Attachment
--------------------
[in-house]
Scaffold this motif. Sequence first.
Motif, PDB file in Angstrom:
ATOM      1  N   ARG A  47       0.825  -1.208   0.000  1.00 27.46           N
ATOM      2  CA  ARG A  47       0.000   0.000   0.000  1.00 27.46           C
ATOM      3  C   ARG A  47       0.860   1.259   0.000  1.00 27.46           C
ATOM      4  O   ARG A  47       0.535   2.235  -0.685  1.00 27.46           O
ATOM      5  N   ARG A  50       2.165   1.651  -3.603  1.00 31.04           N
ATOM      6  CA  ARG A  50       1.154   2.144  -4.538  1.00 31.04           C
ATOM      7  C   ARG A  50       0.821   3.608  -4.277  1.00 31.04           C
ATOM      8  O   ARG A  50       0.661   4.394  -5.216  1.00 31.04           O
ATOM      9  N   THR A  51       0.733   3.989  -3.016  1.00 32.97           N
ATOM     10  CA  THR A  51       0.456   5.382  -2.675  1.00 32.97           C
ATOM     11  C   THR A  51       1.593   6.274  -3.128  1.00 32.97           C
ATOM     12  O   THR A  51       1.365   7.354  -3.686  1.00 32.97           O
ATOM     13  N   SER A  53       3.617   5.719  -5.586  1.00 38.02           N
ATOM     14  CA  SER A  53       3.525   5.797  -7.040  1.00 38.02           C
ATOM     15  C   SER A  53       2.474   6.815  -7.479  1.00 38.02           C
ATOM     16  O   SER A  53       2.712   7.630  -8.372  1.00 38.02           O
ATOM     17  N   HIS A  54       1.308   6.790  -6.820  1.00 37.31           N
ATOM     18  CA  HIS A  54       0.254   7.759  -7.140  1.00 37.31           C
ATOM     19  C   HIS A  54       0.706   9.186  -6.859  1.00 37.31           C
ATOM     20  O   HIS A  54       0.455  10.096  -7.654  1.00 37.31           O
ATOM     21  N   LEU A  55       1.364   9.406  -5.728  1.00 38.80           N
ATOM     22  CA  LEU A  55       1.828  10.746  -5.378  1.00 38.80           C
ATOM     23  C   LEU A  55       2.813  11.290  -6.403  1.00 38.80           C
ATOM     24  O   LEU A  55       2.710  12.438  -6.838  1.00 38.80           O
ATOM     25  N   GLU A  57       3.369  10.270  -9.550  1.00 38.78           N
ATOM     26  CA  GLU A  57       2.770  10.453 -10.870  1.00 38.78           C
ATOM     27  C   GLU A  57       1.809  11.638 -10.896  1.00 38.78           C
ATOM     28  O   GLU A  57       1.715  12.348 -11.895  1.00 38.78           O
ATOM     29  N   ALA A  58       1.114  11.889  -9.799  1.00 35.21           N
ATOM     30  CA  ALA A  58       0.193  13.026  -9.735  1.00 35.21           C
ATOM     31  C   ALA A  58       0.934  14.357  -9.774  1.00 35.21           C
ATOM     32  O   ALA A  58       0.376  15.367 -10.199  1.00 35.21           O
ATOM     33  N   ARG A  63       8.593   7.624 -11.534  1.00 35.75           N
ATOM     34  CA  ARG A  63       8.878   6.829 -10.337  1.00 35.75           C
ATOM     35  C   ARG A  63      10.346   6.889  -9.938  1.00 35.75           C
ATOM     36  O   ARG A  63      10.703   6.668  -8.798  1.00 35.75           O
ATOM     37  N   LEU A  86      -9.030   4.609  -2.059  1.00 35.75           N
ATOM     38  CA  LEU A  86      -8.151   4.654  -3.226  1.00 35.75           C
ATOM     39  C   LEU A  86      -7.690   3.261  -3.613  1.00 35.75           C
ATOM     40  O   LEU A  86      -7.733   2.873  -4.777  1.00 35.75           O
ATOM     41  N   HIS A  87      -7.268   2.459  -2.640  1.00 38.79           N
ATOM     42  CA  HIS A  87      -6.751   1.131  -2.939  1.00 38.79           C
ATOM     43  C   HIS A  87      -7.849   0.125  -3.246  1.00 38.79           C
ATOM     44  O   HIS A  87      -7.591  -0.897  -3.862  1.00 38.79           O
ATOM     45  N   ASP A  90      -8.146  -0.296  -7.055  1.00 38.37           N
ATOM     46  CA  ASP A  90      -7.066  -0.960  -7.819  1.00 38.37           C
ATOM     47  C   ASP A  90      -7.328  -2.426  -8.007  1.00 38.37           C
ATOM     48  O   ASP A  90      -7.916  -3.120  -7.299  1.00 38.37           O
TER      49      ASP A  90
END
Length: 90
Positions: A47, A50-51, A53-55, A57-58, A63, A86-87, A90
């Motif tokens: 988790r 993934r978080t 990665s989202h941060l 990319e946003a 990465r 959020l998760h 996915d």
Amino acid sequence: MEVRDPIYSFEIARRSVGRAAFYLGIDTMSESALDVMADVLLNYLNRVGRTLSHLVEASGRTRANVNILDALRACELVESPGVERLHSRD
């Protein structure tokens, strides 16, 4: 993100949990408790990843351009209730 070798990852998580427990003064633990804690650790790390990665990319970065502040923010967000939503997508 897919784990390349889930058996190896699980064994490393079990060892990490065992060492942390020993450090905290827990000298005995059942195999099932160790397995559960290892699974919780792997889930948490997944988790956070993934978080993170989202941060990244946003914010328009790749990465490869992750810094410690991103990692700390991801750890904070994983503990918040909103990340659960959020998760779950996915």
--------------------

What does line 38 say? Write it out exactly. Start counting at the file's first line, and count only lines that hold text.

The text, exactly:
ATOM     35  C   ARG A  63      10.346   6.889  -9.938  1.00 35.75           C